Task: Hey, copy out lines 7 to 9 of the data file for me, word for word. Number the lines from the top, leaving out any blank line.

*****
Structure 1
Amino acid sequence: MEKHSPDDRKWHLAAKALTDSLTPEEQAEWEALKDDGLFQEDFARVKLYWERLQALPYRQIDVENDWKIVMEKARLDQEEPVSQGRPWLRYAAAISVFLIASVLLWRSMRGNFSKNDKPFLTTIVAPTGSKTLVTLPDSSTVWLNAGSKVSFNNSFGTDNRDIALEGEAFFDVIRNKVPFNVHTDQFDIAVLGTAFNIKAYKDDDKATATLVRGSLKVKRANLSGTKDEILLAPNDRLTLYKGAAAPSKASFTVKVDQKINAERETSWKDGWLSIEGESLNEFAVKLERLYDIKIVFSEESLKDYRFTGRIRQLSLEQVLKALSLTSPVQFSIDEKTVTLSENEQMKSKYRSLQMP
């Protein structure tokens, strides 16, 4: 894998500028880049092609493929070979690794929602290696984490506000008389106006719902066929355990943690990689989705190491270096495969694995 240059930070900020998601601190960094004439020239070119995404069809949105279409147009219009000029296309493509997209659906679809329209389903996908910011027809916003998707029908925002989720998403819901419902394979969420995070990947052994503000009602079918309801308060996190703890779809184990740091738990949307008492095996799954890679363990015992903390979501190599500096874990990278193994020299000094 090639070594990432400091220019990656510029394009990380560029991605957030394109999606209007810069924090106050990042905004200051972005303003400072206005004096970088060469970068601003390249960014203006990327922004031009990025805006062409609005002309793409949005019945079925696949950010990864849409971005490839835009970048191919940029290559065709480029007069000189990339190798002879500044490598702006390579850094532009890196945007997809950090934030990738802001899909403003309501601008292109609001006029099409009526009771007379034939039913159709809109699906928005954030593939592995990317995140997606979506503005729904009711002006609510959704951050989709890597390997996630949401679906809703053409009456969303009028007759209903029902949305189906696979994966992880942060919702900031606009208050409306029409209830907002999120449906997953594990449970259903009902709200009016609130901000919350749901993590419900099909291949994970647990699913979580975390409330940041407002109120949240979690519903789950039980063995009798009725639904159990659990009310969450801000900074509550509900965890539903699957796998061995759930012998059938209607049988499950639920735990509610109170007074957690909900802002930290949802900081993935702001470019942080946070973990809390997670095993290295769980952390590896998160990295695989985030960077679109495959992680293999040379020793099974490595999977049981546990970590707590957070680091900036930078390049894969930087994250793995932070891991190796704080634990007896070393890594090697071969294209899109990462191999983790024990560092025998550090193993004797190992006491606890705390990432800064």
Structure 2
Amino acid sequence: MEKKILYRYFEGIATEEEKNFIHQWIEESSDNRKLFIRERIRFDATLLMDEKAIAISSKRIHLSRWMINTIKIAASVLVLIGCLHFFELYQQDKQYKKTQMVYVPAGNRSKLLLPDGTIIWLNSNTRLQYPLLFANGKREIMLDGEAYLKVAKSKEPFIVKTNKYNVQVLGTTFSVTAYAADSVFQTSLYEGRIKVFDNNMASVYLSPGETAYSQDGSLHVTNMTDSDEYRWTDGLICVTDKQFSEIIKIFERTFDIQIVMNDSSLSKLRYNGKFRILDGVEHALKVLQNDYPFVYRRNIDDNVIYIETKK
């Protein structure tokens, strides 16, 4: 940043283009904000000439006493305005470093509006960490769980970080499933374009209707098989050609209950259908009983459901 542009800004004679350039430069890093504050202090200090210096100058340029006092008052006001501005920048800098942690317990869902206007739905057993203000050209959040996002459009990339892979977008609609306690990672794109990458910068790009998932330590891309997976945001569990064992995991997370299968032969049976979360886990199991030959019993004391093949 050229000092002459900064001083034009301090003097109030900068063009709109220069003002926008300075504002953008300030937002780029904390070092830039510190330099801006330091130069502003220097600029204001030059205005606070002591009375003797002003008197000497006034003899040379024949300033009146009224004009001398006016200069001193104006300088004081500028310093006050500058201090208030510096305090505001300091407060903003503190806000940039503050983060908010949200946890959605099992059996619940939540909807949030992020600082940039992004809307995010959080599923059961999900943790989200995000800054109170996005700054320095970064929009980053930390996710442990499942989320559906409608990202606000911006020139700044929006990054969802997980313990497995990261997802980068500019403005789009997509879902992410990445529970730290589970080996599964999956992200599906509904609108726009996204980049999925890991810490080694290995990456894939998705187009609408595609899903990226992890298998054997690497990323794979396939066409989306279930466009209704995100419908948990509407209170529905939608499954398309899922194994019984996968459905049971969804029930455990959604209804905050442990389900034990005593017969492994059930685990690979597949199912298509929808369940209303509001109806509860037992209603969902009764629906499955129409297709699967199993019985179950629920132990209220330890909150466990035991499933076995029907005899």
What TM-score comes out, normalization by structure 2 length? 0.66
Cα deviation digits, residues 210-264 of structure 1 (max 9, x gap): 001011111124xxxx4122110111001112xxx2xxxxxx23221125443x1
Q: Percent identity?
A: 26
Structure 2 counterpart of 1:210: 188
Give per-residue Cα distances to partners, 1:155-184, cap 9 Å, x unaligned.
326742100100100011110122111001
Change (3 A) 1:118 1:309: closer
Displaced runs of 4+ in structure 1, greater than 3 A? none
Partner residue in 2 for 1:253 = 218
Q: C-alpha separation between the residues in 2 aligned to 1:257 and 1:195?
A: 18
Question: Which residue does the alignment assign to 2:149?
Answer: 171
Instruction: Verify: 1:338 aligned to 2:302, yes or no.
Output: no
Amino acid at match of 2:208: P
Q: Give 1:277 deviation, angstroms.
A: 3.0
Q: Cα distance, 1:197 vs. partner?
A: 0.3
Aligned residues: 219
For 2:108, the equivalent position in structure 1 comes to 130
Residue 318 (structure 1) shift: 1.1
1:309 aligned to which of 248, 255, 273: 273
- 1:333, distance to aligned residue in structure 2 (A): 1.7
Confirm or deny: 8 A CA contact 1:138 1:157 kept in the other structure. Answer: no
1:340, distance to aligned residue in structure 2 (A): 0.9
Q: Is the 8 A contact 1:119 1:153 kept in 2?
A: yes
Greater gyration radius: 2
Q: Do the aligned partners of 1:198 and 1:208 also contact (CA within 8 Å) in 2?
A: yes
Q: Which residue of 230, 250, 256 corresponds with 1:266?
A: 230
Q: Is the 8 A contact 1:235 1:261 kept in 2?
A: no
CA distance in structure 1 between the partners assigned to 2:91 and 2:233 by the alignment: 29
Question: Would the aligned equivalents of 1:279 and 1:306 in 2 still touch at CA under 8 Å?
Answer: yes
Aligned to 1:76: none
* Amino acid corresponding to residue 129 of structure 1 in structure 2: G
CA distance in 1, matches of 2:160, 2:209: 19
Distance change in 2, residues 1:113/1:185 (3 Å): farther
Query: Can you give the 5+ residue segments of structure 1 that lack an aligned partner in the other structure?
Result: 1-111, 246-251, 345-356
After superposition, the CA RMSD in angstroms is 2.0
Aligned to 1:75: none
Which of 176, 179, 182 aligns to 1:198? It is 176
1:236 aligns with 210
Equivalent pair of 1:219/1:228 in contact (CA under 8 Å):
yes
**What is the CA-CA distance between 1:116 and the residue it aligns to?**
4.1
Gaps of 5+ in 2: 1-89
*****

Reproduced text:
What TM-score comes out, normalization by structure 2 length? 0.66
Cα deviation digits, residues 210-264 of structure 1 (max 9, x gap): 001011111124xxxx4122110111001112xxx2xxxxxx23221125443x1
Q: Percent identity?